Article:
A still from the video
Out & Bad
A peep into England's dancehall scene
“Friends are the family you choose” is a common cliche used by all sorts of people. For some, however, choosing this family is a vital part of survival. Out & Bad, presented by Vice’s Noisey follows some of England’s dancehall community, giving us an intimate glimpse into their found mode of survival through dancing, partying, and camaraderie. This probably sounds like a relatable tale and it is but you soon realize that these boys can dance much better than you. They found each other nearly a decade ago when England experienced a mass influx of Jamaican immigrants fleeing anti-gay laws during the early 2000s. The dancehall scene served (and still does) as a friend based family, which for some, were all they had.
Out & Bad rattles off the statistics that have become all too familiar. We are reminded once again just how many black LGBTQ teens are forced out of their homes and left to navigate the most difficult parts of their youth alone. “We all had a common bond, which was black and gay. When we would come together, for a short moment, nobody could touch us. We were untouchable,” says one of the documentary’s main subjects, Marc.
The film is worth a watch. Marc and all of his friends are vibrant, feel-good people who make every group scene feel like you’ve missed out completely, which, unless you frequented bashment parties like Caribana and Bootylicious, you most certainly did. (Highlights include Deejay educating the viewers on how to stand, watch your liquor and give face at bashment parties.) With that being said, I can’t help but feel like Out & Bad feels like another documentary that is fun and entertaining as much as it is disheartening. While it provides the correct history of dancehall culture and they hey-day of bashment parties, I really had to ask myself if Vice was doing anything for places featured like Stonewall Housing, which tries to place as many kids into homes as fast as they can. I’m tired of reading, seeing, and hearing statistics followed by no plan of action. Maybe I’m missing the point of this story, but I can’t help but ask these questions when some boring ass white dude is featured one too many times, referencing the people he’s photographed as “butterflies” (alright…) and using “off the chain” (seriously?) three separate times.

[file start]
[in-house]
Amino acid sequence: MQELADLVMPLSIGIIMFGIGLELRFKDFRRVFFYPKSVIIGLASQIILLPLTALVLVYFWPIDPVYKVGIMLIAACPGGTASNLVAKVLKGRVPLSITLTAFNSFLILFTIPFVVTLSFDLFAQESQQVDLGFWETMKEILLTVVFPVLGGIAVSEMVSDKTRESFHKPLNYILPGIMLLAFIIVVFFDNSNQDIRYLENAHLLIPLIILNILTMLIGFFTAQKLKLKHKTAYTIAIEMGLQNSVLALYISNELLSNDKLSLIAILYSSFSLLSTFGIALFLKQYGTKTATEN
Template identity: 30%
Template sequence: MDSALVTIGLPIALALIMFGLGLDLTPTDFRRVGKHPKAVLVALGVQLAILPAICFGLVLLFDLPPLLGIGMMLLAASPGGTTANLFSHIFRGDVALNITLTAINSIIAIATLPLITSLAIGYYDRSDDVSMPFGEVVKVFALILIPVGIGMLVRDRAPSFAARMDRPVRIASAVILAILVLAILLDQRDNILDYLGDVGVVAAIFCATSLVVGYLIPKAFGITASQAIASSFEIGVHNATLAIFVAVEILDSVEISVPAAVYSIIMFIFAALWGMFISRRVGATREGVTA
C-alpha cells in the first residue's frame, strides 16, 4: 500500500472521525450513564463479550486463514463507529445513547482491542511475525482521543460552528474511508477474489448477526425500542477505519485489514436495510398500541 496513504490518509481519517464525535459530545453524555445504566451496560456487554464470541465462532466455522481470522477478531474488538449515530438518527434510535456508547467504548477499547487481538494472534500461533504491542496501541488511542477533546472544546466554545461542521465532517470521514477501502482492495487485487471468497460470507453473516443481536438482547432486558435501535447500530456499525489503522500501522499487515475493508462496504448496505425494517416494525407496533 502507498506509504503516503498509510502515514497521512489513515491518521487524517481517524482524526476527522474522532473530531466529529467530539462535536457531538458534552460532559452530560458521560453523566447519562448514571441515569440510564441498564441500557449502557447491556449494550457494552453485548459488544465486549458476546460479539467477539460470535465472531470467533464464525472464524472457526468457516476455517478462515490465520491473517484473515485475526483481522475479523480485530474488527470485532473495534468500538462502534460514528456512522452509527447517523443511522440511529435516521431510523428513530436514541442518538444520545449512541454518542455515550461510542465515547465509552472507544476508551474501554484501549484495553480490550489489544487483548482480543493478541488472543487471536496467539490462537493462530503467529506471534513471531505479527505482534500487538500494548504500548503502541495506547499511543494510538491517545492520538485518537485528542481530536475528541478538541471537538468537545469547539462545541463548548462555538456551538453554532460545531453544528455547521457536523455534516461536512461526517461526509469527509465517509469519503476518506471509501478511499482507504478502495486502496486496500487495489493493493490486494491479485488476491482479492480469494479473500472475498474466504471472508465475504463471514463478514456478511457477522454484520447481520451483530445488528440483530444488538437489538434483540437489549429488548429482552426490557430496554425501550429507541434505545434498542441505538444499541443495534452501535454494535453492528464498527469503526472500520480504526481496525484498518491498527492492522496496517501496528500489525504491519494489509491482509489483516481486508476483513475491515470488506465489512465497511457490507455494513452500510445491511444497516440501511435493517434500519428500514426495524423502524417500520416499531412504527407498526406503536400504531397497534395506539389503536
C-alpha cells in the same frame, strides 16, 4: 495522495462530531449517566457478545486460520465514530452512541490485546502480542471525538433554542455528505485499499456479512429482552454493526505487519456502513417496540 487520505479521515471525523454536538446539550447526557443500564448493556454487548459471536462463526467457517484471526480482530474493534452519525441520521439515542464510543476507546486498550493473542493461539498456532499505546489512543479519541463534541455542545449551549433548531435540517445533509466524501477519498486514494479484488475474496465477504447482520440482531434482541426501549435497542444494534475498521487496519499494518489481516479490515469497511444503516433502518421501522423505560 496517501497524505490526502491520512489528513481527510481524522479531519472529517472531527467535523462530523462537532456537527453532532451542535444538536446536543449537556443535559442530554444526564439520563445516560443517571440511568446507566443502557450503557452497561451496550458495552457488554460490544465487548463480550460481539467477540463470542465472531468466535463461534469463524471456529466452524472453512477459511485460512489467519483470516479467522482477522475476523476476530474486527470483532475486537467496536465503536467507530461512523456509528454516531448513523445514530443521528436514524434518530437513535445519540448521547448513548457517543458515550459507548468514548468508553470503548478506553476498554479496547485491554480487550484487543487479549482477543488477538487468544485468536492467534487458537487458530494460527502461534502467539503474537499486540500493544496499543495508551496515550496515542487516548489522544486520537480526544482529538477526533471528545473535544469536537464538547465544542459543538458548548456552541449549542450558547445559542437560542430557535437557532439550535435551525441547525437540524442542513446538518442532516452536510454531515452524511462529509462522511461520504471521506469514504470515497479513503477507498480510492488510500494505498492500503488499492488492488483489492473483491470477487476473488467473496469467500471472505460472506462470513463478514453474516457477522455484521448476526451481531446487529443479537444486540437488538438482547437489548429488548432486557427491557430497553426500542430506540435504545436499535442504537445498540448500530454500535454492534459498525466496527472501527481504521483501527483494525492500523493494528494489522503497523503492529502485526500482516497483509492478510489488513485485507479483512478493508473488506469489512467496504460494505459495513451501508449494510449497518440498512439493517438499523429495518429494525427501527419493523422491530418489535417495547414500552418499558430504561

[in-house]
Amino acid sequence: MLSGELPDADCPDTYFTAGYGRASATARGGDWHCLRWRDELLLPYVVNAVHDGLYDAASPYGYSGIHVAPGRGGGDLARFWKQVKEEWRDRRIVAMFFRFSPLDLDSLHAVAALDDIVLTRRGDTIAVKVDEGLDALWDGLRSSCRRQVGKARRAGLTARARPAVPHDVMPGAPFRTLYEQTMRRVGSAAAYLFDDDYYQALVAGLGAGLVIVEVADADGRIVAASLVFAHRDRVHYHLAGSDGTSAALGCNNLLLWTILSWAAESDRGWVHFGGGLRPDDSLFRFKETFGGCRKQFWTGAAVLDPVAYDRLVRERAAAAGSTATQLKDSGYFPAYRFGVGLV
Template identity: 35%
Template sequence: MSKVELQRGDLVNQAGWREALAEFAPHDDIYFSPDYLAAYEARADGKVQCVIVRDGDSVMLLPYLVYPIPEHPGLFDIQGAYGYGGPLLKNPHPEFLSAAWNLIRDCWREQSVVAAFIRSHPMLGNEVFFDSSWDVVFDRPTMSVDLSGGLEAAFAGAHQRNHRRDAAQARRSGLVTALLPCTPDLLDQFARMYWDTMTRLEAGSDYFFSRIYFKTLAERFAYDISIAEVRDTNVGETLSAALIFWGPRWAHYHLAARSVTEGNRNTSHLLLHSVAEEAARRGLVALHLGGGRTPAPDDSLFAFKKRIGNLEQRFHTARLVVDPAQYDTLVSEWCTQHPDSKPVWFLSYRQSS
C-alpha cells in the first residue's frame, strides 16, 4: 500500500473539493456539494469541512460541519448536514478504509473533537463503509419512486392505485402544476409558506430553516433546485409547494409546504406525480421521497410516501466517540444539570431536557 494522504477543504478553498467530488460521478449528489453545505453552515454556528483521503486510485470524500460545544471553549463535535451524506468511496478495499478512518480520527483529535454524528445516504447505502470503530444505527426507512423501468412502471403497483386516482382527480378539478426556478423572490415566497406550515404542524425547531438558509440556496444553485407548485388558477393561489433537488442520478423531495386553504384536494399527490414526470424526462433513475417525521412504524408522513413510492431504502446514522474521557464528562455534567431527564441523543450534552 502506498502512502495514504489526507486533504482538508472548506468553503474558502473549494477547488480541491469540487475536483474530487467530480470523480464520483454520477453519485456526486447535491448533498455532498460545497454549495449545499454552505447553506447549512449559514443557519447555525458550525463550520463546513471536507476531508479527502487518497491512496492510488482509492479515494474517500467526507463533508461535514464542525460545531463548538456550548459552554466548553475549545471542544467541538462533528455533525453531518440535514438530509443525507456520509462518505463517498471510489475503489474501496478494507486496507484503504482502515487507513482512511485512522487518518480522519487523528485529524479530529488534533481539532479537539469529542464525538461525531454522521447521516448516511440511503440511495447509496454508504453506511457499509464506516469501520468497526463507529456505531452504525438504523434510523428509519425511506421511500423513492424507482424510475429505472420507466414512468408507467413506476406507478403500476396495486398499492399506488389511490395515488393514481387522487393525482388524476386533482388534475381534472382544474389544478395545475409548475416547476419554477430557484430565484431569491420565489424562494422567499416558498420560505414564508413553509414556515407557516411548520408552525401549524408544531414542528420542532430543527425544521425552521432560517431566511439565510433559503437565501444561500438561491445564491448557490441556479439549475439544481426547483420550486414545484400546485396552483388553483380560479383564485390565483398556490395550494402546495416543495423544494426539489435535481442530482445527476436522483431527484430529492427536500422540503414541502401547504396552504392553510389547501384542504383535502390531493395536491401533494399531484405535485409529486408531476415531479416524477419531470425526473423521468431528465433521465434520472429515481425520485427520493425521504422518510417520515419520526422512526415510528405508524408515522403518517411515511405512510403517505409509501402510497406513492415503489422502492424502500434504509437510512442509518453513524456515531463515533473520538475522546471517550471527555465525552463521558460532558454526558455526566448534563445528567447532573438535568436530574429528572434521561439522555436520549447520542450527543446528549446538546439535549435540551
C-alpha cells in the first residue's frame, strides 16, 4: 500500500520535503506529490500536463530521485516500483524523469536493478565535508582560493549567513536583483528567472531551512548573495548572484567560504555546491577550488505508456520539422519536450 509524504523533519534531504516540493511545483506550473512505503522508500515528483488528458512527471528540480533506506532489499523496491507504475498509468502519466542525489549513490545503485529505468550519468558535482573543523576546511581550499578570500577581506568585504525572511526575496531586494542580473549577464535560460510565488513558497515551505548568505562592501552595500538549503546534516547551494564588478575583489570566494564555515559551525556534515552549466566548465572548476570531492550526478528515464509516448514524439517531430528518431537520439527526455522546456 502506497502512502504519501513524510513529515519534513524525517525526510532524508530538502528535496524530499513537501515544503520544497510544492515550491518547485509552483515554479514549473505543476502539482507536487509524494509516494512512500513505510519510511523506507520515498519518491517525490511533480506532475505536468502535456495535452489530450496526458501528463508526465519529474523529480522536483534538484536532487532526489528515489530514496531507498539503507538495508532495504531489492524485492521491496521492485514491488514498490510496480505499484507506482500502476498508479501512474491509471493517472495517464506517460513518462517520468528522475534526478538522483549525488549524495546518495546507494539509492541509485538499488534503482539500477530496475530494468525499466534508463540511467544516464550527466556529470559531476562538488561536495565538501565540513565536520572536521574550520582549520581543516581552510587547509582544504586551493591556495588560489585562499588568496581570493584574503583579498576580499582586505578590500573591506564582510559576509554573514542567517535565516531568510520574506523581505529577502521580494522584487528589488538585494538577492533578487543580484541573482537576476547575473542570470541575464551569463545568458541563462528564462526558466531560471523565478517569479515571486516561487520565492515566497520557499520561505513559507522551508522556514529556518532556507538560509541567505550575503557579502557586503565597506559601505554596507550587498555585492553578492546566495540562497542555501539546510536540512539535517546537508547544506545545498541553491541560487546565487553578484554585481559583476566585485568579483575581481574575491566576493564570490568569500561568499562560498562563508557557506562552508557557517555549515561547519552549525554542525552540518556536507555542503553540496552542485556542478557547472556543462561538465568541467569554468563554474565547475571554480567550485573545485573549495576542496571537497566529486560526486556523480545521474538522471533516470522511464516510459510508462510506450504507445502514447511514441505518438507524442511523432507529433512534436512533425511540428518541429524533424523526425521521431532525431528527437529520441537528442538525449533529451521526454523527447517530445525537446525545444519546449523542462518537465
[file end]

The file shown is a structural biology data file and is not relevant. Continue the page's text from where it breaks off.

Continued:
“A lot of people are often quick to forget their roots and where they came from, but to me, I celebrate them, and dancehall was a massive part of that for me. I’ve become something that I didn’t have the aspiration to become, I didn’t know that I had it in me to be this person,” is one of the final quotes of the documentary and I’ll leave you with that. Because dancehall did this for many people, I just wish Noisey had done a better job of showcasing that story and helping us figure out how to stop all the hate.